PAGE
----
Thomas Cook: How will holidaymakers be affected if the travel company collapses?

Simon Calder
Thomas Cook: Getty

The giant travel company, Thomas Cook, is in a race against time to make a deal with its creditors over a refinancing package. Last month the holiday firm appeared to have secured its future. But now the rescue deal appears to be in danger.

​Thomas Cook was the pioneer of organised travel – beginning with a Temperance outing from Leicester to Loughborough in 1841. It prospered through the second half of the 19th century and, with allowances for world wars, thrived through much of the 20th century. In 2007 it merged with Mytravel, and is one of the biggest holiday companies in Europe – with operations in Germany, Scandinavia, Russia and elsewhere. But scale and the strongest brand in travel are no guarantee of enduring success.

When did things start to go wrong?

The company can point to everything from the continued ban on flights to Sharm el Sheikh in Egypt to uncertainty over Brexit for damaging its business, but there are longer-term and deep-rooted problems.

The low-cost aviation revolution and a series of corporate misadventures left Thomas Cook badly wounded in 2011, and though it made a recovery it has been struggling compared with its huge rival Tui and the relative youngster Jet2. Thomas Cook has been slow in adapting to the changing market, and creating premium products rather than commoditised cheap and cheerful holidays.

Thomas Cook still has hundreds of High Street travel agencies, a successful airline and nearly £10bn of revenue every year – but running the business profitably has been elusive.

But just three weeks ago, the headlines were reading: “Thomas Cook’s future assured with rescue deal from China”. What has changed?

This is a complex deal in which the travel company was to receive an injection of £900m – half from the Chinese conglomerate, Fosun, and half from its lenders, who were also going to write off around £1.6bn in debt in return for a share of the company. The plan was to shore up Thomas Cook’s finances and see it through the winter – as well as protecting more than 20,000 jobs and millions of holidays.

But those lenders – led by RBS, Lloyds and Barclays – are demanding that it bolster its finances by having an extra £200m on standby to protect against shocks during the winter ahead. The last they want is to have to write off loans.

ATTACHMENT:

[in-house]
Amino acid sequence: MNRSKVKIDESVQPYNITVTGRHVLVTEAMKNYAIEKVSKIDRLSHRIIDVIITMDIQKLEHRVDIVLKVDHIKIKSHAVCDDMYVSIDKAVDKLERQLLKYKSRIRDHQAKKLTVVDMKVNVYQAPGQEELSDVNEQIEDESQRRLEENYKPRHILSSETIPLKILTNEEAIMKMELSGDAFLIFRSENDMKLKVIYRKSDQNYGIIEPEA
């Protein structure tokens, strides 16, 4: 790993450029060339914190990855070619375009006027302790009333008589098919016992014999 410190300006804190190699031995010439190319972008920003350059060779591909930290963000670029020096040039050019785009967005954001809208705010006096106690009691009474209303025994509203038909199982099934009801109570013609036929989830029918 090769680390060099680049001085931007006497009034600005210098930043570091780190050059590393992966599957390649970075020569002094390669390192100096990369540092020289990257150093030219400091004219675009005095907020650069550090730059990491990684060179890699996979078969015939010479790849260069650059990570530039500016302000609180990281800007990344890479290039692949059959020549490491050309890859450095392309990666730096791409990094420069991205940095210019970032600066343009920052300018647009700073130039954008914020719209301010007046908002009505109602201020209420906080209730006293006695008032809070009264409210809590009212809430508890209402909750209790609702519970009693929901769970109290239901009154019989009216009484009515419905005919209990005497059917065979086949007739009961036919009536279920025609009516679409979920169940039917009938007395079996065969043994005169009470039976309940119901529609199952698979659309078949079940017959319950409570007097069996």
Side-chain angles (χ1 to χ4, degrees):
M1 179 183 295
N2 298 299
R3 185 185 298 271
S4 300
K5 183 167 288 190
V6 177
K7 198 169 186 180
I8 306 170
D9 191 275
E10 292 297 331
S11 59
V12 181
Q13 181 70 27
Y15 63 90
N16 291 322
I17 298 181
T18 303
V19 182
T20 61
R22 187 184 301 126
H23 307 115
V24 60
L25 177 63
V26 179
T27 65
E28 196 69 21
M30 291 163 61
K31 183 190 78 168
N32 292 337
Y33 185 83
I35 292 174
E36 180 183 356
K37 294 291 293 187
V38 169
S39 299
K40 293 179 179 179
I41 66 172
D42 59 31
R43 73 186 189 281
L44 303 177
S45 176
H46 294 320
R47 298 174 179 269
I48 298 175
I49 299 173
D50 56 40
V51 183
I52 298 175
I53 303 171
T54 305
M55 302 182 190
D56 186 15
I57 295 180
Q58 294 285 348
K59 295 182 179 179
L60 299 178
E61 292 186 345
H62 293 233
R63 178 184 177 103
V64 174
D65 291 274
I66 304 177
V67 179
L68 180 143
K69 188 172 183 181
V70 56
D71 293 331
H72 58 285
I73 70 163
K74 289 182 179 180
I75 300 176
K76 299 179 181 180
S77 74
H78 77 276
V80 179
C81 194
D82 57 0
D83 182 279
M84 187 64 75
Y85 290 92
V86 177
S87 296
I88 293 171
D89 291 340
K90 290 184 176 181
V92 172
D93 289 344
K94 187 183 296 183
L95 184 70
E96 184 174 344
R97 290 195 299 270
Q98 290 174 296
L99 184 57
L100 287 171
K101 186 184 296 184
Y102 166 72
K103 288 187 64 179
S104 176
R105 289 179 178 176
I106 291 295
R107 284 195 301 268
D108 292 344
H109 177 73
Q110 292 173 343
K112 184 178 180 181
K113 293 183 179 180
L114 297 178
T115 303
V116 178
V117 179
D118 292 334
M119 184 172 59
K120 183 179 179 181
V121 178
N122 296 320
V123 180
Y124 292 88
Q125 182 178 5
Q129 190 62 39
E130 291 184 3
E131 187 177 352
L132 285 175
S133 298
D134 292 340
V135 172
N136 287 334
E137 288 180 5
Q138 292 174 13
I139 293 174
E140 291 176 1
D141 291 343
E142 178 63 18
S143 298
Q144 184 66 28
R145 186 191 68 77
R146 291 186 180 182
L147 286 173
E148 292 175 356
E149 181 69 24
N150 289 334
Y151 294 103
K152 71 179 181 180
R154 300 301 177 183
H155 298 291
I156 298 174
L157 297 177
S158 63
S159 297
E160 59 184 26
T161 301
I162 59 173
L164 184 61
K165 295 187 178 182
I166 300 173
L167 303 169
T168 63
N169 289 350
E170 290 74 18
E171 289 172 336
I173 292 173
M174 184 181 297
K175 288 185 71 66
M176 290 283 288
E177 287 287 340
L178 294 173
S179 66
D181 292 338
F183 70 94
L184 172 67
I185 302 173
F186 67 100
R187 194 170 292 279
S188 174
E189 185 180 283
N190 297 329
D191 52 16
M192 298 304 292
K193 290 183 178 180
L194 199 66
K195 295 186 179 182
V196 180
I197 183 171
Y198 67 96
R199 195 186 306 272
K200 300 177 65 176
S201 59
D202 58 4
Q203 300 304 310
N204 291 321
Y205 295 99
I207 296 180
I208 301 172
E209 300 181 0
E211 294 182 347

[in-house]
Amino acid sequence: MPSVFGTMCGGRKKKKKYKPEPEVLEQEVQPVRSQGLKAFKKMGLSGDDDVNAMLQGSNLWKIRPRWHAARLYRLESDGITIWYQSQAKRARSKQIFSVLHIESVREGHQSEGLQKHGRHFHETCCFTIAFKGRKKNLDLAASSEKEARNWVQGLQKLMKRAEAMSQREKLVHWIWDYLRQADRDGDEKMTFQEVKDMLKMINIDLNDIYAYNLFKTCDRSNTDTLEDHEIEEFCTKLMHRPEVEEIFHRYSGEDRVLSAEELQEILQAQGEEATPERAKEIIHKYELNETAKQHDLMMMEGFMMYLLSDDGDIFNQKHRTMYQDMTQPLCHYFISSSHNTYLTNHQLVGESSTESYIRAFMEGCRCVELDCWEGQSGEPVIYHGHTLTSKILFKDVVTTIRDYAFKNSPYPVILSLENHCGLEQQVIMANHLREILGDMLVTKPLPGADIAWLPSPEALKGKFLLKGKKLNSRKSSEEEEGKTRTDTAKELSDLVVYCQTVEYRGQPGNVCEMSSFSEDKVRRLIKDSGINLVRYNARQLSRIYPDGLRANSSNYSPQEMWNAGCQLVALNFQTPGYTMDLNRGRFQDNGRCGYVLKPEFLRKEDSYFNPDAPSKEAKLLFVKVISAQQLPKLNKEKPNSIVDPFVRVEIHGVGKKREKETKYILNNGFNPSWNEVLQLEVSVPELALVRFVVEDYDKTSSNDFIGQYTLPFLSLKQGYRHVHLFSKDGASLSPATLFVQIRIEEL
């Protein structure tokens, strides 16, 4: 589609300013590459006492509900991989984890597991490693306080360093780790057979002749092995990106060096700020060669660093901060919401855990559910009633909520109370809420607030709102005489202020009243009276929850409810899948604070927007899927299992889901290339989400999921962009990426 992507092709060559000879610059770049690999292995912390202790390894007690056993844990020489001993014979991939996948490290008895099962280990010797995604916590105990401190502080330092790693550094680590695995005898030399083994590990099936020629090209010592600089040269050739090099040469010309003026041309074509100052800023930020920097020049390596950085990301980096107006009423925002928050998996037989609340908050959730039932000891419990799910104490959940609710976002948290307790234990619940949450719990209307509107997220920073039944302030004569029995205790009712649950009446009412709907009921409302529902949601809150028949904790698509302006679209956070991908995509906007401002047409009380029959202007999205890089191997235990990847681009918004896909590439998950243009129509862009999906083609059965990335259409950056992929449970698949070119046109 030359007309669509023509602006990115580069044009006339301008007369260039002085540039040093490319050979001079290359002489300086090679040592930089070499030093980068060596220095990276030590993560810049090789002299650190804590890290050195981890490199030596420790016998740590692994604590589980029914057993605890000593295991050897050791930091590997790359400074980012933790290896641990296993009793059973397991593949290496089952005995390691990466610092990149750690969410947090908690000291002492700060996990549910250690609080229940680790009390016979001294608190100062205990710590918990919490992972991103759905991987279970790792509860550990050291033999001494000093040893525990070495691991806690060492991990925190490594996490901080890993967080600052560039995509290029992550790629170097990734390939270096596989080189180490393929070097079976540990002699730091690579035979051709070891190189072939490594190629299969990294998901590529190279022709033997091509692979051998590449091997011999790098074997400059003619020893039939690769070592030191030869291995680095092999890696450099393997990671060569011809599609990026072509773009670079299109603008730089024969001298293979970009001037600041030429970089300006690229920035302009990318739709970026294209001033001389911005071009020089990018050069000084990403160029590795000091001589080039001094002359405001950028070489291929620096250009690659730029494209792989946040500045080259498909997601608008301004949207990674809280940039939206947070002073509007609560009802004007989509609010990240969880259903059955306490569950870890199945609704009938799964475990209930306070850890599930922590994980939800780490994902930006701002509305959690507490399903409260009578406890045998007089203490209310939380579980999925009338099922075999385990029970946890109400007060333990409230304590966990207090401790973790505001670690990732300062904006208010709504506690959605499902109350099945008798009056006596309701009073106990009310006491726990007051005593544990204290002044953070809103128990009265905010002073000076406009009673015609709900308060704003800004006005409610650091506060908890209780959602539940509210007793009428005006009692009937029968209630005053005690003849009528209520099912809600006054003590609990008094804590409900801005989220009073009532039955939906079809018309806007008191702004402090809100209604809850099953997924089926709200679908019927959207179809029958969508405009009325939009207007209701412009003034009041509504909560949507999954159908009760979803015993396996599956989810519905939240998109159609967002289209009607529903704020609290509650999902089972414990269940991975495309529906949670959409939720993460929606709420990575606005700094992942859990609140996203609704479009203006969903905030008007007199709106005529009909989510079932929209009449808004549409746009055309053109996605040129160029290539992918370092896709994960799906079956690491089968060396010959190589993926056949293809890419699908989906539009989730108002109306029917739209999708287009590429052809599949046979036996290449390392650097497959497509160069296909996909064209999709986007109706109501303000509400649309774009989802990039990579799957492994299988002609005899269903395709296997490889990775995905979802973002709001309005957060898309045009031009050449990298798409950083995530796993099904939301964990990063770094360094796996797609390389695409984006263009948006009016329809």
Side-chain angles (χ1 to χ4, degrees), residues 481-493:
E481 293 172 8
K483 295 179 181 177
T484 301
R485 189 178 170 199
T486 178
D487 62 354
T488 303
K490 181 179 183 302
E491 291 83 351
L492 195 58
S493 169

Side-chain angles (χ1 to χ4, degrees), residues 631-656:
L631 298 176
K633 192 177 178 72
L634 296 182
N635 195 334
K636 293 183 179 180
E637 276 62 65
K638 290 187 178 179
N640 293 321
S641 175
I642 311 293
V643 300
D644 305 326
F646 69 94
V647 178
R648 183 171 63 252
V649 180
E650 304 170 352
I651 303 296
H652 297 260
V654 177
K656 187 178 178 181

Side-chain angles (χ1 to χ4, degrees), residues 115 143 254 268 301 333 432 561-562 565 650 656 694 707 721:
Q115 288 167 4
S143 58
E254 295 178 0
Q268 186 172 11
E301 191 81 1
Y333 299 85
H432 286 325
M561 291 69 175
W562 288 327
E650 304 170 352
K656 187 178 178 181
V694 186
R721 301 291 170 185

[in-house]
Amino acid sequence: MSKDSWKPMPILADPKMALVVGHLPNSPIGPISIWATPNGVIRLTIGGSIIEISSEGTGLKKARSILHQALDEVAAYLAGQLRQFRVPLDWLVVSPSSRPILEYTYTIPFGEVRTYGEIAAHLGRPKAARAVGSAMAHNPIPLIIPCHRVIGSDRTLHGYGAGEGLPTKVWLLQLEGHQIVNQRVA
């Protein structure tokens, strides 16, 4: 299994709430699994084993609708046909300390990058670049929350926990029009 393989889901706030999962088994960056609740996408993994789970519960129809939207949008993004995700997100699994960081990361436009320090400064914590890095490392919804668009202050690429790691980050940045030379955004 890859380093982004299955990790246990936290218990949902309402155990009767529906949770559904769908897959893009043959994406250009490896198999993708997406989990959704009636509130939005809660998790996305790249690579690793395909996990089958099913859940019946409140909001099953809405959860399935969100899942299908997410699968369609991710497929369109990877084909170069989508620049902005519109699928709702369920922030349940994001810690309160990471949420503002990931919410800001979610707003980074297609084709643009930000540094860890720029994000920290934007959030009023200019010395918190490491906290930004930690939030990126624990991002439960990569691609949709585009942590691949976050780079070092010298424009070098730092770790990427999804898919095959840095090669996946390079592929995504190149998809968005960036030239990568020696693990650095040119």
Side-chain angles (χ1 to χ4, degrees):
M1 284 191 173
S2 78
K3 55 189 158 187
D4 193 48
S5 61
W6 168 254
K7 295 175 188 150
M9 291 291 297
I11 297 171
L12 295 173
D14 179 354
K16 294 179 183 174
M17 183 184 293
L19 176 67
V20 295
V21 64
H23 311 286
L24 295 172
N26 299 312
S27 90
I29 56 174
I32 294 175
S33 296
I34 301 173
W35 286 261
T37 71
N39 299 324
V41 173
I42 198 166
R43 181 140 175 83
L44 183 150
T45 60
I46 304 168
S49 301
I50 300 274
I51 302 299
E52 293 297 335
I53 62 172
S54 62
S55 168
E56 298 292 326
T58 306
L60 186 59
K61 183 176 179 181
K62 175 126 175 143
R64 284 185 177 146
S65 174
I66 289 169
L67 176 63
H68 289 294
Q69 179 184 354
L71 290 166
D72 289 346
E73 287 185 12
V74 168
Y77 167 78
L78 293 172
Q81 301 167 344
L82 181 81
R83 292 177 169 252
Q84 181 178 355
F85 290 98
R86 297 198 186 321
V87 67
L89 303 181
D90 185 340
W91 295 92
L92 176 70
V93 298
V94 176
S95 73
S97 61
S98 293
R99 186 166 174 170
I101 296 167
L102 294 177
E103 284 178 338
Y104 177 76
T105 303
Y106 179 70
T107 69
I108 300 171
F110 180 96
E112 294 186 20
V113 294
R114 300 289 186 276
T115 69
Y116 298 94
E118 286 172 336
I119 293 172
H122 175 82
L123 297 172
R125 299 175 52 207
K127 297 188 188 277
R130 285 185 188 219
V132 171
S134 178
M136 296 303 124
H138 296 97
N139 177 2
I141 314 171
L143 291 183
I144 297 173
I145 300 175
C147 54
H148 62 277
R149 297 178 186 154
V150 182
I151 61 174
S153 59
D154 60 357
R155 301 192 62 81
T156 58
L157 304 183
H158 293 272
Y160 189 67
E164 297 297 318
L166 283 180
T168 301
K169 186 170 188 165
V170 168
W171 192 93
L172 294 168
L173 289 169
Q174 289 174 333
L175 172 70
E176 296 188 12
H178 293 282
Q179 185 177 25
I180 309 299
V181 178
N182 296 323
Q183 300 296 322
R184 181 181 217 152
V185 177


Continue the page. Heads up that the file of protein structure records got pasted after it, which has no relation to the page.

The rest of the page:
How long has Thomas Cook got to sort itself out?

One insider says it’s at a “level of criticality”. Two key dates are next Friday, 27 September, when the parties to the restructuring are due to vote on the deal, and the following Monday, 1 October, when its Air Travel Organiser’s Licence is due to be renewed by the Civil Aviation Authority (CAA). But the next few days are also crucial.

September is traditionally cruel to struggling holiday companies, because the bills for the summer become due but revenue is drying up – particularly if people are wary of booking holidays. Fridays are especially tricky, historically speaking, with many failures afflicting travel firms on Fridays in September. They spend the week trying to find a financial rescue, and finally throw in the towel.

A big problem is customer confidence. Travel plans are built on faith. You hand over cash well in advance in the expectation that you will take delivery, ie enjoy the holiday, as planned. If many people stop booking because they believe the company could fail, then the fall in revenue could precipitate its failure – a self-fulfilling prophecy.

The key question for hundreds of thousands of customers with future bookings: is their money safe?

Were the worst to happen and Thomas Cook closes, the vast majority of travellers will be able to reclaim their cash. Many current customers paid for some or all of the trip by credit card. In this situation, the card issuer will be expected to provide a full refund, whether for a package holiday (flights and accommodation bought in the same transaction) or any other purchase.

People who paid for a package holiday with a debit card should make a claim under the Atol scheme, which is administered by the CAA.

For other trips, such as flight-only purchases paid for by debit card, the the first place to seek a remedy is the card issuer. Although there is no legal requirement for debit card issuers to pay out if the supplier collapses, the voluntary “chargeback” scheme should help you out.

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What about the hypothetical case of people who are abroad at the time of a collapse?

Package holidays would continue as normal, with hotel bills paid and new flights provided by the CAA. The estimate is that it could cost as much as £600m for 150,000 people abroad. Flight-only passengers and those for whom Thomas Cook does “third-party flying” will probably also be covered, and in addition, rescue fares should be brought in by other airlines such as easyJet, Jet2 and Ryanair. You can then claim back the cost of the original flight from the credit-card provider or travel insurance.

And a worrying time for staff and shareholders?

Alarming for more than 20,000 staff, nearly half of them in the UK, with the looming prospect of more job cuts if and when the rescue deal goes through.

Thomas Cook shareholders have already been wiped out. Going back 16 months to May 2018, a holding of 200 shares would have been worth £270, enough for a week’s package holiday to Greece: worth £270. Today, those same 200 shares are worth just £9, which might just buy you lunch in a beachside taverna.

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